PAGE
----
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Research Report

Removing Small Arms from Society: A Review of Weapons Collection and Destruction Programmes

Sami Faltas
Glenn McDonald
Camilla Waszink
Copyright Date: Jul. 1, 2001
Published by: Small Arms Survey
Pages: 40

Table of Contents

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  1. (pp. i-ii)
  2. (pp. iii-iii)
  3. (pp. iv-iv)
  4. (pp. v-v)
  5. (pp. v-v)
  6. (pp. vi-vi)
  7. (pp. vii-viii)
  8. (pp. 1-1)

    This paper reviews formal programmes designed to take small arms and light weapons out of circulation. It covers surplus destruction programmes, as well as collection efforts conducted in peace-building and crime prevention settings. The paper begins with an overview of the main themes and concepts arising in the field of practical disarmament, with illustrations from relevant cases. Some tentative inferences are offered as to best practice in this area. This section also serves to frame the subsequent description of selected weapons collection programmes in four regions: the Americas, Africa, Europe, and Asia-Pacific. Tables provide additional information for many of the...

  9. (pp. 2-8)

    Curbing the proliferation of small arms and light weapons in a given society is a complex undertaking involving three distinct tasks: reducing demand, controlling supply, and recovering stocks.

    Governments can reduce the demand of their citizens for weapons by ensuring public safety, enforcing the law, promoting full employment, facilitating political participation and the non-violent resolution of conflicts, and otherwise gaining the confidence of their citizens. The success of these endeavours will often depend on the active co-operation of business and civil society.

    By contrast, in modern states it is the exclusive responsibility of the government to control the supply of...

  10. (pp. 9-9)

    Weapons collection is not cheap. Even surplus destruction programmes involve a significant outlay of funds, even though no money needs to be spent to recover weapons. To cite one example, described in more detail in the section devoted to Africa, the Government of South Africa has budgeted just over USD 320,000 for the destruction of surplus small arms held by its armed forces. While the relative benefits of weapons collection programmes easily justify their cost, some countries lack the financial and material resources needed to carry them out. For this reason, several mechanisms have been established at the global level...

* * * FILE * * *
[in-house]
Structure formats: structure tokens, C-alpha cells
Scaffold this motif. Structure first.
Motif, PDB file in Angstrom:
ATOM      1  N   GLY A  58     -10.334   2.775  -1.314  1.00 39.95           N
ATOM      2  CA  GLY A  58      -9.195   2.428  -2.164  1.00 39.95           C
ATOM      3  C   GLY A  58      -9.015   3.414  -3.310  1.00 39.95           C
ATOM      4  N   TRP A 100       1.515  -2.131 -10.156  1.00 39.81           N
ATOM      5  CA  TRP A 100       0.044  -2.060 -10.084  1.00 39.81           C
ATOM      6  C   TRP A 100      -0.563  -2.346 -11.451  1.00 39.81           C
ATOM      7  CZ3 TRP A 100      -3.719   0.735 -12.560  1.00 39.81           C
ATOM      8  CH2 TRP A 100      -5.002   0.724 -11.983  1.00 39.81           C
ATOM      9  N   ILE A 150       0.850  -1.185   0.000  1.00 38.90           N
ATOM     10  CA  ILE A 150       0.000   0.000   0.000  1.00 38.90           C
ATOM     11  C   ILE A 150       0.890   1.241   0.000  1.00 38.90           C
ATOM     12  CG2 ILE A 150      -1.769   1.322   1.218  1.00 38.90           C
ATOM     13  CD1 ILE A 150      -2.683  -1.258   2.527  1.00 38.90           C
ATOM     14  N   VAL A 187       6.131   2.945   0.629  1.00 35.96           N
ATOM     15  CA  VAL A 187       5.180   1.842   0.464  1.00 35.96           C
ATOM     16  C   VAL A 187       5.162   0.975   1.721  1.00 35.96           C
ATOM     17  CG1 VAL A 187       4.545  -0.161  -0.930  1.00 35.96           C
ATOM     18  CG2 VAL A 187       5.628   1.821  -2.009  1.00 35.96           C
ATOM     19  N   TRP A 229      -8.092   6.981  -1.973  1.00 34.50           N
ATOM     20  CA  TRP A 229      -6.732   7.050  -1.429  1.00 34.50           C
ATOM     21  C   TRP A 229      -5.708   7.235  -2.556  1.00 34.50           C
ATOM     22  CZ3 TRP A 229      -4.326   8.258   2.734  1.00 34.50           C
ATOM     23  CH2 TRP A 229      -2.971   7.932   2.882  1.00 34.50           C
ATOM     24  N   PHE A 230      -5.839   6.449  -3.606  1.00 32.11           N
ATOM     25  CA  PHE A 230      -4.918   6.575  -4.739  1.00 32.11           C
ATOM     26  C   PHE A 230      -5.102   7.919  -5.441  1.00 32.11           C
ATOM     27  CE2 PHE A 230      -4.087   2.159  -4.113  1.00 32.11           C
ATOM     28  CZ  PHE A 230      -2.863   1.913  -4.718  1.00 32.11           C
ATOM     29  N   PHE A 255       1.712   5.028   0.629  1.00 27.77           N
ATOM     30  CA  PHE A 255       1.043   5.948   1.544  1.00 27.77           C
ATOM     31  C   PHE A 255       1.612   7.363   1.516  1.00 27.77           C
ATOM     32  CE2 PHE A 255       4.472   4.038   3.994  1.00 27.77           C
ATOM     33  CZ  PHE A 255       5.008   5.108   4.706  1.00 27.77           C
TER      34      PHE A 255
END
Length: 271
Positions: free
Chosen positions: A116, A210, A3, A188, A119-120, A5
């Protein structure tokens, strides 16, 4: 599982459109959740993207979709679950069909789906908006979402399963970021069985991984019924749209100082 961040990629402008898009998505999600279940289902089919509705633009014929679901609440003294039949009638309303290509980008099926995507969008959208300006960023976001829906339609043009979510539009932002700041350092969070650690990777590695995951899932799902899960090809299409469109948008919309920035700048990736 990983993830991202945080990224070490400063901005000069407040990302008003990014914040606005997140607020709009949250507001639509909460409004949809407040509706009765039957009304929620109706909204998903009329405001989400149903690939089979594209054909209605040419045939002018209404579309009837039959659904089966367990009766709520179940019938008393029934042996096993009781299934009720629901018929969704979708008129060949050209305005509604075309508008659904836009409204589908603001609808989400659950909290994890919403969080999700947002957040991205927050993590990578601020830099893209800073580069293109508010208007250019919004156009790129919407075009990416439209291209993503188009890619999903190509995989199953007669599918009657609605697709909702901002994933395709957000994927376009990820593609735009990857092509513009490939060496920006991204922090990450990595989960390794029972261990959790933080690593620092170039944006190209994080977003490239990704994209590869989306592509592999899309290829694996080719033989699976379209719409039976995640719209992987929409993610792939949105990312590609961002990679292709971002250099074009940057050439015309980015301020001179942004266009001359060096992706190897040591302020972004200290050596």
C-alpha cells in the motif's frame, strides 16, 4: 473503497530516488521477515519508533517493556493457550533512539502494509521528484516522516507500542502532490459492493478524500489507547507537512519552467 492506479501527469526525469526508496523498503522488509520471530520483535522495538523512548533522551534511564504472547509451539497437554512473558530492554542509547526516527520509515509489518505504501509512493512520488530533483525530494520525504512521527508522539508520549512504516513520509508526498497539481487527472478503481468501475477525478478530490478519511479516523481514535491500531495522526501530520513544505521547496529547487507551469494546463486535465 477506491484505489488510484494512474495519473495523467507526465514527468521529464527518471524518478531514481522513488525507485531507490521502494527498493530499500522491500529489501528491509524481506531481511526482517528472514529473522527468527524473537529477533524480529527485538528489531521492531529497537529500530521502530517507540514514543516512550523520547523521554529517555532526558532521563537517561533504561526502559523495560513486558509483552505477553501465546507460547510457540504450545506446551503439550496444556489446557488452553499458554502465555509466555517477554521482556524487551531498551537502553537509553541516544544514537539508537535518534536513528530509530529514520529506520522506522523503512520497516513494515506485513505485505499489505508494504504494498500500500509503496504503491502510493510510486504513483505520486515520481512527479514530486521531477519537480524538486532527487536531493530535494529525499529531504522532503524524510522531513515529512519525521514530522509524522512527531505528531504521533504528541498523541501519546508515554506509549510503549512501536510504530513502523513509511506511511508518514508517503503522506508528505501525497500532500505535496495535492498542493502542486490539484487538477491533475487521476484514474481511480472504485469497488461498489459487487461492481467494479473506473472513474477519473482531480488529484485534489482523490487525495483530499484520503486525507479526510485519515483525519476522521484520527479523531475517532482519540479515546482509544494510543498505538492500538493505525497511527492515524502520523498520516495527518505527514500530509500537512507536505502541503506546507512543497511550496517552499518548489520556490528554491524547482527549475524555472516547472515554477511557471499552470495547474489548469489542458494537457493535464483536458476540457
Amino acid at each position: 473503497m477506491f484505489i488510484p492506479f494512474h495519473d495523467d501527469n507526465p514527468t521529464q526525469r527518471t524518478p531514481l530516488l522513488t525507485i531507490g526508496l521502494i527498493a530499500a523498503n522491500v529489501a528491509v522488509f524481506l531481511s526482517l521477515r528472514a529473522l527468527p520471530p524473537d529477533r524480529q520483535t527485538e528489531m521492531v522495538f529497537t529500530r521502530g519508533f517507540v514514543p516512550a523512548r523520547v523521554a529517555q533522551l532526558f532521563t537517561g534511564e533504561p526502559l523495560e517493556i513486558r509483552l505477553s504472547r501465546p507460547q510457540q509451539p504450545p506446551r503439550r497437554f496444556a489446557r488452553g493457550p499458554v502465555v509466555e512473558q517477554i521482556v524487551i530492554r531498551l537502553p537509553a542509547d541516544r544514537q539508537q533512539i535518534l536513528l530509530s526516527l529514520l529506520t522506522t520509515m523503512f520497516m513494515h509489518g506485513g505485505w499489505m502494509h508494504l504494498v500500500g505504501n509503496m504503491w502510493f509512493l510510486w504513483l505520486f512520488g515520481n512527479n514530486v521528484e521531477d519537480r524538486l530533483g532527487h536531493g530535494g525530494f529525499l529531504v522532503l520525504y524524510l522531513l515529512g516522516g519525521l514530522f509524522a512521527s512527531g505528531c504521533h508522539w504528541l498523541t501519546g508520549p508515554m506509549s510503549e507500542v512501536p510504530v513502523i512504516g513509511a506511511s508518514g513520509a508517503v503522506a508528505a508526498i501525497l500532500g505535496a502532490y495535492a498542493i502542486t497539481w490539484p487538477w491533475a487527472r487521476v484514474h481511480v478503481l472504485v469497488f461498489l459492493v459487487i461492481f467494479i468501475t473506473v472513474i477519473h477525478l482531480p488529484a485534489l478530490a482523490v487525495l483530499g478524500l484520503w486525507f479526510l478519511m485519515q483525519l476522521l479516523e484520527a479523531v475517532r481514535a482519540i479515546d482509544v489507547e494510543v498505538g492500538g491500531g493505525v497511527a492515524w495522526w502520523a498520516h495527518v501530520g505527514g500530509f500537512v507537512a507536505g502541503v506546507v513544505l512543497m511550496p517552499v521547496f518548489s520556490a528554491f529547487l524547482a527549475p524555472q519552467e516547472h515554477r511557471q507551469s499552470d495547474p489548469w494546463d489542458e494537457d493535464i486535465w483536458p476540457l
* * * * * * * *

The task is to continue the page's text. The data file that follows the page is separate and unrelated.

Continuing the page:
11. (pp. 10-22)

    This section reviews selected weapons collection programmes in four regions: the Americas, Africa, Europe, and Asia-Pacific. Accompanying tables provide additional information for many of these programmes, while initiatives in southern Africa, Albania, and Cambodia are examined in somewhat greater detail. Though many of the key concepts and broad lessons learned in the field of practical disarmament were presented earlier, the following survey demonstrates the diversity of weapons collection practice, both across and within various regions.

    Some post-conflict disarmament was undertaken in El Salvador, Guatemala, and Nicaragua following the end of civil war in those countries. These efforts were largely unsuccessful...

  12. (pp. 23-25)

    This section outlines the key steps generally involved in a weapons collection programme. It is intended only as a framework for planning, since every programme is unique and must be adapted to local circumstances. The following guidelines are a distillation of best practice, derived from several years of field research involving the careful observation and evaluation of these programmes.14

    Conducting a feasibility study: The feasibility of implementing a weapons collection programme in a target area needs to be assessed beforehand. For example, weapons collection efforts attempted during an ongoing armed conflict are not likely to succeed. One needs to take...

  13. (pp. 26-26)
  14. (pp. 27-31)
  15. (pp. 32-32)